A friend who is a primary school teacher told me a tale about choosing music for a school assembly. At the time, he had a student teacher working alongside him in the classroom. The student was young, on her placement, and hadn't much experience working in schools yet. To give her a bit more confidence, and as an easy task to get her into the swing of work, he suggested that she might like to choose the music for the school assembly one morning. "No thanks," she answered, "I don't really like music."
I've never been able to reconcile myself to this slight absurdity. How can people 'not really like' music? Sure, there are neurological conditions that mean people's perception of music makes it sound discordant, unsettling, nauseating even - but for somebody to not be bothered about music one way or the other...!
Now I love music, but I can't have it on while I'm writing. Instead of concentrating on my work, I inevitably finding myself either listening to the lyrics, or singing along. This is not conducive to the emotionally involving work of producing a novel. So as a treat, when I am doing the housework, I get to listen to the music I love, as a special balancing-act treat for doing Crap Tasks like vacuuming.
I've got enormous admiration for good lyricists. A songwriter generally has about 3 minutes to tell their story or make their point, and they generally do it within fairly narrow generic structures (verse, chorus, verse, chorus, middle eight, chorus, or something not too deviant from that). For soul of brevity, it even blows away short story writing. Those of you who have pared down and succinctly written a story no less than 2,500 words will know what I mean.
One of the great masters of the lyric form has to be Elvis Costello. You can keep your Bob Dylans (26 verses and no chorus, Bob? Why don't you write a tune that we can hum?) and your Brandon Flowerses (for God's sake, man, start writing your lyrics more than an hour before you record them). For me, the master of lyric, the man all others have to beat, is Mr. Costello. There is nobody to match him for wit, for cynicism, for black-eyed humour, or for social commentary.
By detailing the suffocating necessity of working class lives in Shipbuilding (on Punch The Clock), Costello's not only writing beautiful poetry, but making political comment:
"It's just a rumour that was spread around town
A telegram or a picture postcard
Within weeks they'll be re opening the shipyards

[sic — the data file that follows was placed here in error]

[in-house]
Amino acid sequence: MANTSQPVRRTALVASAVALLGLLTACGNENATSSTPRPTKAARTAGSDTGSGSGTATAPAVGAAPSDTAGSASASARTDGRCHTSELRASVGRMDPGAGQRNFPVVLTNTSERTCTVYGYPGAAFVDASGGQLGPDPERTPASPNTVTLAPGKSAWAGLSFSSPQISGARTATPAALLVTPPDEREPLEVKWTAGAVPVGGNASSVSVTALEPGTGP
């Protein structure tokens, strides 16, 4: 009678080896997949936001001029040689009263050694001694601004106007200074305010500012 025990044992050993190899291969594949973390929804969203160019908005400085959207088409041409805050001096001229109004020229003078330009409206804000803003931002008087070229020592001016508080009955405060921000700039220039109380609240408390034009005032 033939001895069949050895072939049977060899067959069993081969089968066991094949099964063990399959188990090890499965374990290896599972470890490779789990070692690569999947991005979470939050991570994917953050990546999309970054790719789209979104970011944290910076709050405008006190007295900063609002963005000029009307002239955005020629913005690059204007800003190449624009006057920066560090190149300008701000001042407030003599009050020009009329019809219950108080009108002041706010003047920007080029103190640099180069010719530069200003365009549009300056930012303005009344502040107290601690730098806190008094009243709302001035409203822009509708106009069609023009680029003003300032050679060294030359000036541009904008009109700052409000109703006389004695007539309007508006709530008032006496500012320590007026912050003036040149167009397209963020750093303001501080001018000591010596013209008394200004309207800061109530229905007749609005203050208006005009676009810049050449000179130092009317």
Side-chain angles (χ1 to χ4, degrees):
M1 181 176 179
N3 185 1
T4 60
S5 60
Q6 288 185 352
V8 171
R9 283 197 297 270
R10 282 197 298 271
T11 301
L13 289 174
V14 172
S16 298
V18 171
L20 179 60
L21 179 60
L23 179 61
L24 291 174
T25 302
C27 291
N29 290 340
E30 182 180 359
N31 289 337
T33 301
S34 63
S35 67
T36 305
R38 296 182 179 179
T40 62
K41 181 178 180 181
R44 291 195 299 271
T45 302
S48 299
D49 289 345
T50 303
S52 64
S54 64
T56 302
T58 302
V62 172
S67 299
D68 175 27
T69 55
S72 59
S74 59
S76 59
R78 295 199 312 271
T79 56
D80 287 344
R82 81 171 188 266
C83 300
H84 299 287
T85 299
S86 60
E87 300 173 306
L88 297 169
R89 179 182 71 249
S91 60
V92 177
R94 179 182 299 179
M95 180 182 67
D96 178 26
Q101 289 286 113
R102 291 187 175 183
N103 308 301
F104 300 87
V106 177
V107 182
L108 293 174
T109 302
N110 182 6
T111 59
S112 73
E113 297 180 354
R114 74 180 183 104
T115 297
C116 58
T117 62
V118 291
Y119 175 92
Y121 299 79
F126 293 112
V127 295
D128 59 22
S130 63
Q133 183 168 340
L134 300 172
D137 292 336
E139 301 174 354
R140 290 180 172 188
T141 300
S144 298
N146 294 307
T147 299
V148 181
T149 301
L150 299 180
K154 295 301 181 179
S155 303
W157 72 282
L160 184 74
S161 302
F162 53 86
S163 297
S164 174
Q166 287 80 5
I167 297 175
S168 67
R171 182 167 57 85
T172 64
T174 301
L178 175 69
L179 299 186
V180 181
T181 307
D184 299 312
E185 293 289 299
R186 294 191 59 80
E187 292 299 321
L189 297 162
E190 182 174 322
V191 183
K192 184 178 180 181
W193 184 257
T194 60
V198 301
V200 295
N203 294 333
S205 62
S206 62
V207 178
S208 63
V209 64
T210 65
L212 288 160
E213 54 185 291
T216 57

And notifying the next of kin
Once again, it's all we're skilled in
We will be shipbuilding"
In the song, Costello documents the necessity for people in deprived areas of the country to work in the shipyards as Britain gears up for war with Argentina. A delicate irony traces through the song as Costello cleverly shadows the prospect of work with the reality of young men from the same communities going away to war and being killed.
A staunch anti-Thatcherite, (weren't they all in those days), Costello spent a great deal of his time in the 80s writing songs about how much he hated Thatch, how much he hated her policies, and how much he wished she were dead (Tramp The Dirt Down). But his energies weren't only consumed in politics - Costello also wrote songs about the personal. Costello being Costello, none of his 'love' songs were ever simple. His more personal songs are all tinged with bitterness, regret, cynicism, and fear. [Elvis Costello could never write a song like You Make Me Feel So Young. If he could, he wouldn't be Elvis Costello, would he?]. My personal song of his is Human Hands (on Get Happy!).
Now I couldn't swear to it, but I think this song is about sex and transactions. The song has a thread of regret and heartbreak running through it, both musically and lyrically, but with tempered with a dash or trademark Costello cynicism, so you have not only:
"Whenever I put my foot in my mouth and you begin to doubt that it's you that I'm dreaming about,
Do I have to draw you a diagram?
All I ever want is just to fall into your human hands"
"On the factory floor you still say, 'Where's the action?'
Now you manufacture happiness
And get sold on the cheap for someone's satisfaction"
The other thing I love about Costello is that he doesn't neglect the music in favour of the lyrics. His oeuvre covers everything from country & Western (Almost Blue) to punk (My Aim Is True), to Motown (Get Happy!) to lounge (Painted From Memory). One doesn't have the sense that Costello's a hobbyist, dipping his toes into various music styles and appropriating it for his own ends; rather, that he's genuinely absorbed in the music that he makes, and the various styles he's interested in. I would almost want to marry Elvis Costello, were it not for the fact that I read an biography of him a few years ago, Complicated Shadows, and I had the impression afterwards that he's not a very great bloke.
Anyway, I can't be the only Costello fan on RedRoom, and I'd love to hear other people's recommendations for favourite Costello, songs, albums, and lyrics...